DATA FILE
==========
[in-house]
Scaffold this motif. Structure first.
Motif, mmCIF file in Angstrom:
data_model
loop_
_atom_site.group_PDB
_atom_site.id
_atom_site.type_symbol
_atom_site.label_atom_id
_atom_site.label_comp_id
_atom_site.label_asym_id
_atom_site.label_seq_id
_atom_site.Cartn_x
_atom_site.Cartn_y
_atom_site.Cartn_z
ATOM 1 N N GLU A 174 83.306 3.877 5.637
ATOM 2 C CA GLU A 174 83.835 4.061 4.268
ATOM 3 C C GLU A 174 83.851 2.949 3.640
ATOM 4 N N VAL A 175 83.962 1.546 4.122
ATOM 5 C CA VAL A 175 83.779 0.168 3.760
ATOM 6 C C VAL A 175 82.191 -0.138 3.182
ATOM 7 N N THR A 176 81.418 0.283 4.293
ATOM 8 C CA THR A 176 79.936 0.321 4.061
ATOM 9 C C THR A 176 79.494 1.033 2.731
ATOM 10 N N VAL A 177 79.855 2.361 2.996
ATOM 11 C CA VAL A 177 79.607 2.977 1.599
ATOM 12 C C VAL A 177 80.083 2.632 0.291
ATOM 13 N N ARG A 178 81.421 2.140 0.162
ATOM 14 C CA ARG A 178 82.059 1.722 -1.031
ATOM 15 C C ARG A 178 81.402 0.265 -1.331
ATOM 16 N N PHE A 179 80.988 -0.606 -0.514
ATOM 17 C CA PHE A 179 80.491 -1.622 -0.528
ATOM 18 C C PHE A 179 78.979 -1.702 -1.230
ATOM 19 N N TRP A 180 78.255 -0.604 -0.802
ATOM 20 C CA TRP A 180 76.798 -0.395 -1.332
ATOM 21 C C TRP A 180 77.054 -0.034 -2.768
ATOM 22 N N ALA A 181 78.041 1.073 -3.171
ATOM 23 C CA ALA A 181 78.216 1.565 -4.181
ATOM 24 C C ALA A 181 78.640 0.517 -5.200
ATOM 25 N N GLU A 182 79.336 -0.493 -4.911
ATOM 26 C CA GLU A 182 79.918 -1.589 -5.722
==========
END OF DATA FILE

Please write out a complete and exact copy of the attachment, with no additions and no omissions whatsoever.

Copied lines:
[in-house]
Scaffold this motif. Structure first.
Motif, mmCIF file in Angstrom:
data_model
loop_
_atom_site.group_PDB
_atom_site.id
_atom_site.type_symbol
_atom_site.label_atom_id
_atom_site.label_comp_id
_atom_site.label_asym_id
_atom_site.label_seq_id
_atom_site.Cartn_x
_atom_site.Cartn_y
_atom_site.Cartn_z
ATOM 1 N N GLU A 174 83.306 3.877 5.637
ATOM 2 C CA GLU A 174 83.835 4.061 4.268
ATOM 3 C C GLU A 174 83.851 2.949 3.640
ATOM 4 N N VAL A 175 83.962 1.546 4.122
ATOM 5 C CA VAL A 175 83.779 0.168 3.760
ATOM 6 C C VAL A 175 82.191 -0.138 3.182
ATOM 7 N N THR A 176 81.418 0.283 4.293
ATOM 8 C CA THR A 176 79.936 0.321 4.061
ATOM 9 C C THR A 176 79.494 1.033 2.731
ATOM 10 N N VAL A 177 79.855 2.361 2.996
ATOM 11 C CA VAL A 177 79.607 2.977 1.599
ATOM 12 C C VAL A 177 80.083 2.632 0.291
ATOM 13 N N ARG A 178 81.421 2.140 0.162
ATOM 14 C CA ARG A 178 82.059 1.722 -1.031
ATOM 15 C C ARG A 178 81.402 0.265 -1.331
ATOM 16 N N PHE A 179 80.988 -0.606 -0.514
ATOM 17 C CA PHE A 179 80.491 -1.622 -0.528
ATOM 18 C C PHE A 179 78.979 -1.702 -1.230
ATOM 19 N N TRP A 180 78.255 -0.604 -0.802
ATOM 20 C CA TRP A 180 76.798 -0.395 -1.332
ATOM 21 C C TRP A 180 77.054 -0.034 -2.768
ATOM 22 N N ALA A 181 78.041 1.073 -3.171
ATOM 23 C CA ALA A 181 78.216 1.565 -4.181
ATOM 24 C C ALA A 181 78.640 0.517 -5.200
ATOM 25 N N GLU A 182 79.336 -0.493 -4.911
ATOM 26 C CA GLU A 182 79.918 -1.589 -5.722